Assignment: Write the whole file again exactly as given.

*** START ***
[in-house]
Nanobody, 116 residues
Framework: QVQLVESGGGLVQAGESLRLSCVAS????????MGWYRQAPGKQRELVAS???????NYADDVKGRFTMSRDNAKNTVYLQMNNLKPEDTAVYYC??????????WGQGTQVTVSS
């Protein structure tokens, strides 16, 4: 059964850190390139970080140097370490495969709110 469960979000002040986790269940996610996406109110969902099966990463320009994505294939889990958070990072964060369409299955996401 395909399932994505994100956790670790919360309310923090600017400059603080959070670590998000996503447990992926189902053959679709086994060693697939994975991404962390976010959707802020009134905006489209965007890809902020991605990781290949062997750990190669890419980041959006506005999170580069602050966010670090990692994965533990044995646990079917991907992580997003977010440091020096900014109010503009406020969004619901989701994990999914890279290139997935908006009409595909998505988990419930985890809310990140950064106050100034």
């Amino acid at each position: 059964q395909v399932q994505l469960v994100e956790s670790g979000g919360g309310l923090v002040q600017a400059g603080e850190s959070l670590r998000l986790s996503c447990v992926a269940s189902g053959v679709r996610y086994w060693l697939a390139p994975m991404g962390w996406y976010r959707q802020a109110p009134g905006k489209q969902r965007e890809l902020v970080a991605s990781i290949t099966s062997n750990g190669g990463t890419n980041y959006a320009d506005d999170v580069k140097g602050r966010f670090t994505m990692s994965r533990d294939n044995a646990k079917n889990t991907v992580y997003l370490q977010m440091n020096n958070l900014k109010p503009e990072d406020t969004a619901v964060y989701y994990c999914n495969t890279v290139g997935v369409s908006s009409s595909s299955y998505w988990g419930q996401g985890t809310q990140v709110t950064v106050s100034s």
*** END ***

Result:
[in-house]
Nanobody, 116 residues
Framework: QVQLVESGGGLVQAGESLRLSCVAS????????MGWYRQAPGKQRELVAS???????NYADDVKGRFTMSRDNAKNTVYLQMNNLKPEDTAVYYC??????????WGQGTQVTVSS
């Protein structure tokens, strides 16, 4: 059964850190390139970080140097370490495969709110 469960979000002040986790269940996610996406109110969902099966990463320009994505294939889990958070990072964060369409299955996401 395909399932994505994100956790670790919360309310923090600017400059603080959070670590998000996503447990992926189902053959679709086994060693697939994975991404962390976010959707802020009134905006489209965007890809902020991605990781290949062997750990190669890419980041959006506005999170580069602050966010670090990692994965533990044995646990079917991907992580997003977010440091020096900014109010503009406020969004619901989701994990999914890279290139997935908006009409595909998505988990419930985890809310990140950064106050100034």
């Amino acid at each position: 059964q395909v399932q994505l469960v994100e956790s670790g979000g919360g309310l923090v002040q600017a400059g603080e850190s959070l670590r998000l986790s996503c447990v992926a269940s189902g053959v679709r996610y086994w060693l697939a390139p994975m991404g962390w996406y976010r959707q802020a109110p009134g905006k489209q969902r965007e890809l902020v970080a991605s990781i290949t099966s062997n750990g190669g990463t890419n980041y959006a320009d506005d999170v580069k140097g602050r966010f670090t994505m990692s994965r533990d294939n044995a646990k079917n889990t991907v992580y997003l370490q977010m440091n020096n958070l900014k109010p503009e990072d406020t969004a619901v964060y989701y994990c999914n495969t890279v290139g997935v369409s908006s009409s595909s299955y998505w988990g419930q996401g985890t809310q990140v709110t950064v106050s100034s």